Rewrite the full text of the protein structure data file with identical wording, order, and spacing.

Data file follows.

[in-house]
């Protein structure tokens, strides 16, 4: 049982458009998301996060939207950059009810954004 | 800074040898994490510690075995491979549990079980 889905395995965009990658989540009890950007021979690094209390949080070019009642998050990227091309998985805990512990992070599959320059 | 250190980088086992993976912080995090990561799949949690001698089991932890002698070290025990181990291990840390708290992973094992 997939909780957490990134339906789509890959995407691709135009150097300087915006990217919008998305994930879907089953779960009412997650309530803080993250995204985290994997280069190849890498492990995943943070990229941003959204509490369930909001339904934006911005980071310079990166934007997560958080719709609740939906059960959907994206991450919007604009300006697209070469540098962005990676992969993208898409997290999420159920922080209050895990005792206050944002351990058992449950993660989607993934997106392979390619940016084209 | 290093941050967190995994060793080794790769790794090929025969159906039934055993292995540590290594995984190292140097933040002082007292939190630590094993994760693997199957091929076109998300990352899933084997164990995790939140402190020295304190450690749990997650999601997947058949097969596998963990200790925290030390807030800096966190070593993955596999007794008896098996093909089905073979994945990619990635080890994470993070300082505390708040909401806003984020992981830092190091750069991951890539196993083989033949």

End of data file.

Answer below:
[in-house]
């Protein structure tokens, strides 16, 4: 049982458009998301996060939207950059009810954004 | 800074040898994490510690075995491979549990079980 889905395995965009990658989540009890950007021979690094209390949080070019009642998050990227091309998985805990512990992070599959320059 | 250190980088086992993976912080995090990561799949949690001698089991932890002698070290025990181990291990840390708290992973094992 997939909780957490990134339906789509890959995407691709135009150097300087915006990217919008998305994930879907089953779960009412997650309530803080993250995204985290994997280069190849890498492990995943943070990229941003959204509490369930909001339904934006911005980071310079990166934007997560958080719709609740939906059960959907994206991450919007604009300006697209070469540098962005990676992969993208898409997290999420159920922080209050895990005792206050944002351990058992449950993660989607993934997106392979390619940016084209 | 290093941050967190995994060793080794790769790794090929025969159906039934055993292995540590290594995984190292140097933040002082007292939190630590094993994760693997199957091929076109998300990352899933084997164990995790939140402190020295304190450690749990997650999601997947058949097969596998963990200790925290030390807030800096966190070593993955596999007794008896098996093909089905073979994945990619990635080890994470993070300082505390708040909401806003984020992981830092190091750069991951890539196993083989033949």